The Mormon practice of baptizing deceased Jews by proxy is nothing new. The Jews called the Mormons on it years ago, and the Church promised to stop doing it. But recent headlines have indicated that some Mormons, unable to suppress their desire to save the souls of dead Jews, are back at it.
Big names — both deceased and living — have been involved. The parents of the late Simon Wiesenthal and relatives of Elie Wiesel have been baptized. Just the other day word got out that Anne Frank had been baptized…again. As would be expected, the Simon Wiesenthal Center spoke out against this, as did Abe Foxman from the Anti-Defamation League. Wiesel called on GOP Presidential candidate Mitt Romney (who admitted to performing these posthumous rituals at one point), as the most prominent Mormon in the country to tell his Church to stop the practice.
As distasteful as this baptism by proxy business seems to me, I had originally decided that I was going to refrain from commenting on it. But when I happened upon two related items in the media almost simultaneously on Wednesday, I thought again.
I completely agree with Jeff Jacoby, who wrote in his Boston Globe column titled, “Mormon ritual is no threat to Jews” that it is odious to equate these posthumous conversions to a second Holocaust, as some have hysterically suggested. I also concur that the Mormons’ highly unusual interest in the family trees of every person who has every walked the earth can be very helpful and meaningful to Jews. My mother, an avid genealogist, has made several “pilgrimages” to Salt Lake City to make use of the Mormon’s vast databases.
I am also inclined to concede Jacoby’s point that the Mormons who conduct these rituals are well meaning, nice people. Some of my best friends are Mormons. Really. (Though, I’ll admit it took my moving to Northern California from my Jewish bubble in New York to meet any.)
But it was the other item I read today that convinced me that I needed to not sweep baptism under the rug or follow Jacoby’s lead in thinking that it is just a benign phenomenon. That other item was a news story stating that the murdered journalist Daniel Pearl had also been posthumously baptized by the Mormons.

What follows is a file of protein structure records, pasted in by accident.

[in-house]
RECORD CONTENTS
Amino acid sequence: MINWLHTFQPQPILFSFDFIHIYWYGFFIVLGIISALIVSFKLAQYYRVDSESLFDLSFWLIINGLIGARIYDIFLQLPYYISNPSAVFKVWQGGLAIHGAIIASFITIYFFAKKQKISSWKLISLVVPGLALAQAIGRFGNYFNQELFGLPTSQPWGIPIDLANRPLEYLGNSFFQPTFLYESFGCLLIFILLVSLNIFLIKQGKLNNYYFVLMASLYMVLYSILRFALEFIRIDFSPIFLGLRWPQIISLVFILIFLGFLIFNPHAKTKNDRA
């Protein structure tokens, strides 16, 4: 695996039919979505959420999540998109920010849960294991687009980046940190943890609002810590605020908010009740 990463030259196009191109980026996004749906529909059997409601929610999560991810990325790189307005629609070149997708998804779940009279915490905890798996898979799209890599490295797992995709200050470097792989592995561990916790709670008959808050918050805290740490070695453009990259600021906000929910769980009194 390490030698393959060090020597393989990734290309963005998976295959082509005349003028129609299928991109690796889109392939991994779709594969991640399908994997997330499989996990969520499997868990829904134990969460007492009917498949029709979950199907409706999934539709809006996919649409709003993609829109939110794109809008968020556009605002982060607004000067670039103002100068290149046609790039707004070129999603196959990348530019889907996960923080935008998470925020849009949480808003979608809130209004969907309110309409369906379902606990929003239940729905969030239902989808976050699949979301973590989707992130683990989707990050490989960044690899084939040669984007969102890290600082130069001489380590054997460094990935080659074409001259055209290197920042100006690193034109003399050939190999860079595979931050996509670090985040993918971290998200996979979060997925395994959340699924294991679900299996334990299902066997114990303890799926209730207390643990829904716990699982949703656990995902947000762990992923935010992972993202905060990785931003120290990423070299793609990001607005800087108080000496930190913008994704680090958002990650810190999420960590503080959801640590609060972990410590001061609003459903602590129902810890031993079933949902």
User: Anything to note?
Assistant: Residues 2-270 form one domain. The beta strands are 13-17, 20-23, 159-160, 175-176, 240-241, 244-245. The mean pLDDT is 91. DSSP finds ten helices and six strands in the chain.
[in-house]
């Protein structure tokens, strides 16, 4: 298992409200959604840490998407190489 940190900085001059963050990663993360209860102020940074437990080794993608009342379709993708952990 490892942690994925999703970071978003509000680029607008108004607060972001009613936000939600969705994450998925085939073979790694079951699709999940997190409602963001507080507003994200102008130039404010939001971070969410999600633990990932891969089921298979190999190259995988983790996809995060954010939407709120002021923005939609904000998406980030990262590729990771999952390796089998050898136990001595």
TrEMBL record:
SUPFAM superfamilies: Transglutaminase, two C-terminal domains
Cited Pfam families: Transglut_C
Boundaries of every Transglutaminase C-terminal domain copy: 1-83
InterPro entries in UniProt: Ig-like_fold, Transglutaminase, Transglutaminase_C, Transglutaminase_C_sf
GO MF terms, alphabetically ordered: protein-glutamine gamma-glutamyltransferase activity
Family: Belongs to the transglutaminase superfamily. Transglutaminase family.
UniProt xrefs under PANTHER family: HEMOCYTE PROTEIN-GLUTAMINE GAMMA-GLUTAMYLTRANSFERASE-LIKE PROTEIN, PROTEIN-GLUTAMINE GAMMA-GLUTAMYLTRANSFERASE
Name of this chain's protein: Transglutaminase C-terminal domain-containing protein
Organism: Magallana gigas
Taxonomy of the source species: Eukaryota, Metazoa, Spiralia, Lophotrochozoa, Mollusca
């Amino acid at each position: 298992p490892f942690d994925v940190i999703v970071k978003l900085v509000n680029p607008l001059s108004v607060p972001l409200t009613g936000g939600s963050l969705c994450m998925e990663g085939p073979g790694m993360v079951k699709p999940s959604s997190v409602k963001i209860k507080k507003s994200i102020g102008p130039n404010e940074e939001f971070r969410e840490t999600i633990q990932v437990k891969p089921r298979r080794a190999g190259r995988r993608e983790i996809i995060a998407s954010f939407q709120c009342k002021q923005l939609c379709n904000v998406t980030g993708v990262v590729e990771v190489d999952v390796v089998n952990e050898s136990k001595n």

It was exactly ten years ago this month that I attended the interfaith memorial service for Pearl that was held in New York, an event I have not forgotten, nor will I ever forget. At it, religious leaders from all faiths emphasized that fact that Pearl professed his Jewishness right before he was brutally beheaded by Islamic terrorists. His statement, “My father’s Jewish, my mother’s Jewish, I’m Jewish,” echoed the recitations of the Sh’ma by Jews who have been murdered throughout history for the mere fact that they were Jews.
“As a Jew, I am less interested in what other religions teach about the fate of Jews in the next world than in how they affect the fate of Jews in this world,” Jacoby wrote. “Outraged by proxy baptisms? Count me out. As my stunted family tree attests, the Jewish people have very real, very dangerous enemies. Mormons undergoing peaceful rituals in their own temples aren’t on the list.”
I wholeheartedly agree that we Jews have some very real, very dangerous enemies to contend with in real life. However, I would argue that there is a very slippery slope between the world to come and this one. I think we have all seen enough religious conflicts to know that if a person of one religion finds a person from another unfit for the afterlife, then it isn’t a big leap for her to render him unfit for this one, as well. Mormons may just be trying to save Jews, but the very fact that they think we need saving raises a red flag.
It’s the radical Islamists, not the Mormon, we really need to be worried about right now. But it’s the principle of the thing. I’m all for live and let live…by only as long as it extends to after we’re dead, too.